Using John Michael Greer in an appeal to authority argument doesn't carry much water either. In a conversation with Rob Hopkins, that I also weighed in on, Greer takes a viewpoint that since we can't forecast the future, that planning is both a waste of time and gives people false hope.

As Curren points out in his "What I know" section, the rapidly accumulating evidence that we are about to slam into a brick wall is becoming inescapable. So Greer's position that rapid collapse is unlikely and we'll have a long, slow, multi-generational descent--I guess because he doesn't want to frighten anybody either--ignores what we know about tipping points, and are coming to better understand about feedback loops. Due diligence is indeed what we should be doing, and post haste. Unfortunately, Greer seems to be advising people to do the opposite.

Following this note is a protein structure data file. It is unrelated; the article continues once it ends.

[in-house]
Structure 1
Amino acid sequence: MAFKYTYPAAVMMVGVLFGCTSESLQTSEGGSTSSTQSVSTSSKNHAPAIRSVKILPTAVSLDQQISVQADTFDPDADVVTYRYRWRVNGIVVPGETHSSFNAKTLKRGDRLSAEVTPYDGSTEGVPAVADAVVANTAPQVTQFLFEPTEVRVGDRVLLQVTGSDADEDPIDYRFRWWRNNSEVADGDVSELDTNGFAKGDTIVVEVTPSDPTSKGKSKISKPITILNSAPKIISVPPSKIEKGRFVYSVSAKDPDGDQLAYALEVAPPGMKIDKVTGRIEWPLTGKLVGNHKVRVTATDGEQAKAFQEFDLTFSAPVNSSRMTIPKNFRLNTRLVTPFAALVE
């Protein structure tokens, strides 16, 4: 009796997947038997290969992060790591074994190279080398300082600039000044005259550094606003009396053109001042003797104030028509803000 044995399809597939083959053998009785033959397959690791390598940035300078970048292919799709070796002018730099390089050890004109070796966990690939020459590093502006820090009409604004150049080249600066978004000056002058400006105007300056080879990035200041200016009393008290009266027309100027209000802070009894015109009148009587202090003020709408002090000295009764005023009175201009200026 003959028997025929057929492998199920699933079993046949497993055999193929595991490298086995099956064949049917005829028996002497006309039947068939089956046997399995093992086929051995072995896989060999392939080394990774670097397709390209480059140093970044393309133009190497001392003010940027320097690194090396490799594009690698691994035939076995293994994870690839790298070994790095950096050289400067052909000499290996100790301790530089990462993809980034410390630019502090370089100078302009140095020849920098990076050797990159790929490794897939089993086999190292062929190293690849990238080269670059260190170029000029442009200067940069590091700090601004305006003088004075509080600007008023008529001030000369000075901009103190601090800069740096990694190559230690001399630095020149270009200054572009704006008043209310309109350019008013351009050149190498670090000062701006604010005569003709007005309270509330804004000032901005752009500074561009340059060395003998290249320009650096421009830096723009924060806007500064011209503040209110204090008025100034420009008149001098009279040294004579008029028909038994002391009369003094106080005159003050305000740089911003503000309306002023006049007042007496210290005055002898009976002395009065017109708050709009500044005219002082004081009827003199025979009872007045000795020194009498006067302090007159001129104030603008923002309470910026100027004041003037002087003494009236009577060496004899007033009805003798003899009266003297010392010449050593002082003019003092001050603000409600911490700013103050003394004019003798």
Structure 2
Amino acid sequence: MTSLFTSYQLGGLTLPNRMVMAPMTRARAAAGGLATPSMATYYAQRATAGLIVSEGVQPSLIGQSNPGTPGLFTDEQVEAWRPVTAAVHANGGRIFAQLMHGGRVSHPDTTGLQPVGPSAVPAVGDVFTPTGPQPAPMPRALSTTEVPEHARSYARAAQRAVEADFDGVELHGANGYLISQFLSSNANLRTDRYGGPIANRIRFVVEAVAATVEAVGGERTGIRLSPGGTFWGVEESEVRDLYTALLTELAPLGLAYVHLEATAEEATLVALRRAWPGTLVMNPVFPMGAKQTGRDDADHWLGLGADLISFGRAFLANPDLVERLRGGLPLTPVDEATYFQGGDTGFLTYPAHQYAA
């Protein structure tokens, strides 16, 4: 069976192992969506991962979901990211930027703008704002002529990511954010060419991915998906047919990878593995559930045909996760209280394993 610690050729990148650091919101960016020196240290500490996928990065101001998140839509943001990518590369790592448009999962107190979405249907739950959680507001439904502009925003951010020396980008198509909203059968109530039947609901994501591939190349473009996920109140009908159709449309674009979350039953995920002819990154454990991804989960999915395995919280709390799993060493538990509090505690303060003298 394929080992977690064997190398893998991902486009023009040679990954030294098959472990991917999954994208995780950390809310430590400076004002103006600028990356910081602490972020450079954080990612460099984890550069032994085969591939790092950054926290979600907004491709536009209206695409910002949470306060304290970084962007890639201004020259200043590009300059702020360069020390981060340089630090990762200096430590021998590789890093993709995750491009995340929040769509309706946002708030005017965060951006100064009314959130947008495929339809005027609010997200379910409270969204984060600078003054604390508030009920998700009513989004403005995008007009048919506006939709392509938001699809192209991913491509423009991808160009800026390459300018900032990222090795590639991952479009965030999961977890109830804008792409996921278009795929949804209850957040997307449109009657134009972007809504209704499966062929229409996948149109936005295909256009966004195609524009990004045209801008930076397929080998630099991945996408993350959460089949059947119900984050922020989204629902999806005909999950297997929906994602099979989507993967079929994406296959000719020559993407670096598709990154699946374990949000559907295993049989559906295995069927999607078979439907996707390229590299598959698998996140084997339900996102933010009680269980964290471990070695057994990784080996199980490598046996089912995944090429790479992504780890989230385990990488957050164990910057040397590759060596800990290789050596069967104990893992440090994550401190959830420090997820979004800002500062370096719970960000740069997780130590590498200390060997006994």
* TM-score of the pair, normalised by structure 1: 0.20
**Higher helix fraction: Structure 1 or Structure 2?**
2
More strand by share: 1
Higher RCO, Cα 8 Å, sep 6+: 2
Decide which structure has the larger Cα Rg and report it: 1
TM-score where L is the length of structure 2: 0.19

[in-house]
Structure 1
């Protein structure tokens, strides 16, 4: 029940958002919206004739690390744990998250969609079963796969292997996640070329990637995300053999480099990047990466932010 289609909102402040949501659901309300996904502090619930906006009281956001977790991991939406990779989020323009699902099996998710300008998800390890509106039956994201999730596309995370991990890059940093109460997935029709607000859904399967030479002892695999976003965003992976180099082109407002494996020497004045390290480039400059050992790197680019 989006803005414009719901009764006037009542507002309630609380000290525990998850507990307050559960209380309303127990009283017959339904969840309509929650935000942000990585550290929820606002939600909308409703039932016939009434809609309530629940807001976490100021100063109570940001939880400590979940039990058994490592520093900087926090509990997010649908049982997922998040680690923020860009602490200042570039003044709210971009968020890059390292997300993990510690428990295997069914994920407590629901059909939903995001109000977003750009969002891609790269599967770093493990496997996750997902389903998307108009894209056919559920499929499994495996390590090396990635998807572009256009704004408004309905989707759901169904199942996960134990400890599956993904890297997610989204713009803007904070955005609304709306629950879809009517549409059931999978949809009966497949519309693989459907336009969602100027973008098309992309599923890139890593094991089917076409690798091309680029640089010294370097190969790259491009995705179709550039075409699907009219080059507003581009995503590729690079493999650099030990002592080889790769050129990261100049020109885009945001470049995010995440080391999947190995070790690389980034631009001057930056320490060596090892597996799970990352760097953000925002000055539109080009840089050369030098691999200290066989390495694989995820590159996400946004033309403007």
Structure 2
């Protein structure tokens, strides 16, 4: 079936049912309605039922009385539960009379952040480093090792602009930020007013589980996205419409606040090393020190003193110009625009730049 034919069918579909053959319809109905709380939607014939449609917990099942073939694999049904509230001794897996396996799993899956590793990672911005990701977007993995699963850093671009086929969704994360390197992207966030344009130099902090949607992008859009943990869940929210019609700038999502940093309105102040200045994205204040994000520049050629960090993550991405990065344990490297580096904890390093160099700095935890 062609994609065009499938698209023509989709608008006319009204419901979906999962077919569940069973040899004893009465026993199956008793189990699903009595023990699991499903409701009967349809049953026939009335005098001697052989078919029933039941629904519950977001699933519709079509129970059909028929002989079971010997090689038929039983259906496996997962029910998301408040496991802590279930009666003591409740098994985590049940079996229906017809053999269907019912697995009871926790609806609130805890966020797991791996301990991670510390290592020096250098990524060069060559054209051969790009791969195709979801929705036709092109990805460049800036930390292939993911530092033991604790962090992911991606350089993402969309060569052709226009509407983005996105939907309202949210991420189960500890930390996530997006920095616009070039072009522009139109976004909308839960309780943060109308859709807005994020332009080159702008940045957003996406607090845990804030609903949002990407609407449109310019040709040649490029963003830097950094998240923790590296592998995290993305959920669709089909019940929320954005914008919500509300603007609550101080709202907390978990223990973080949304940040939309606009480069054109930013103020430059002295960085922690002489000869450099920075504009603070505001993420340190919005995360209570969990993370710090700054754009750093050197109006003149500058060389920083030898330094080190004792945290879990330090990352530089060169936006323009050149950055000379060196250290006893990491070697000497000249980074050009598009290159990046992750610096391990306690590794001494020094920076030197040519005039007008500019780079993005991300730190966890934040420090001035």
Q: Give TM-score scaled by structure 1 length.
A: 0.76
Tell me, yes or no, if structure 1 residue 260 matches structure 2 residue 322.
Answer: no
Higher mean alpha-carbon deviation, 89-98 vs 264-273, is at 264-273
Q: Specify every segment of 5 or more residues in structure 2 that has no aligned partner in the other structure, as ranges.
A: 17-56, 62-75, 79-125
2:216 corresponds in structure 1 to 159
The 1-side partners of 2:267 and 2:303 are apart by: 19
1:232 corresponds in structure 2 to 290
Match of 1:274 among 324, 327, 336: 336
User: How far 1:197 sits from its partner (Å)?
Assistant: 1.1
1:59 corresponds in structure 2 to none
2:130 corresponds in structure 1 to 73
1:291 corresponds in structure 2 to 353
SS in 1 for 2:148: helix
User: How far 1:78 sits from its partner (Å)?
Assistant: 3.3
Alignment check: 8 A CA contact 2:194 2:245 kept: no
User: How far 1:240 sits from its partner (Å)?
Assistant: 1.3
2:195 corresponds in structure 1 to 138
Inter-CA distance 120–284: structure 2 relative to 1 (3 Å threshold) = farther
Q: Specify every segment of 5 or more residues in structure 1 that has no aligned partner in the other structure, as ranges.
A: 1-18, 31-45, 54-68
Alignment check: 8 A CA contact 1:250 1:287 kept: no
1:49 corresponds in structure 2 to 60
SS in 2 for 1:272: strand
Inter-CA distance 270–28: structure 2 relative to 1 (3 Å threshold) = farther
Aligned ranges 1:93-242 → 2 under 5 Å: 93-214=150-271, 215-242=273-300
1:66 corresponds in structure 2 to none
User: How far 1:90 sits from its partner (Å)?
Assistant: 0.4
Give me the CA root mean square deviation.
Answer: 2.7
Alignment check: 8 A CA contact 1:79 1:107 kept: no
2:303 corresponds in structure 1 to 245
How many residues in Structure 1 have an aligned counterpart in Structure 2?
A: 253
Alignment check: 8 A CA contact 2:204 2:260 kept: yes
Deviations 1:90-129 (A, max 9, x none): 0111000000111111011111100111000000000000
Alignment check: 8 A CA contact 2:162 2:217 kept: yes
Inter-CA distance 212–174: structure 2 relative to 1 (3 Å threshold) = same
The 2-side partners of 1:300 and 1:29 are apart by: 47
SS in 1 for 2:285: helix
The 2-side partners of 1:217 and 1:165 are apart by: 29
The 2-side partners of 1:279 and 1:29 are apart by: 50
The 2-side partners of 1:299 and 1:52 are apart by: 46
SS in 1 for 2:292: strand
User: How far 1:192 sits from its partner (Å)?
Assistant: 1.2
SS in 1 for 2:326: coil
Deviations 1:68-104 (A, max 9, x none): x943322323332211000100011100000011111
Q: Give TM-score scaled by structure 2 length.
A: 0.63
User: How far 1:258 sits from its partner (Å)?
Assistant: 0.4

Giving up on society doesn't automatically mean grabbing your family and locking yourself into a bomb shelter. What I'm talking about is giving up on the failed assumptions of Western industrial civilization. There's a big difference. When coupled with the rational alternative a systemic implementation of relocalization offers, the benefits of a different way of creating our social relationships points to a positive way forward that feels good to participate in.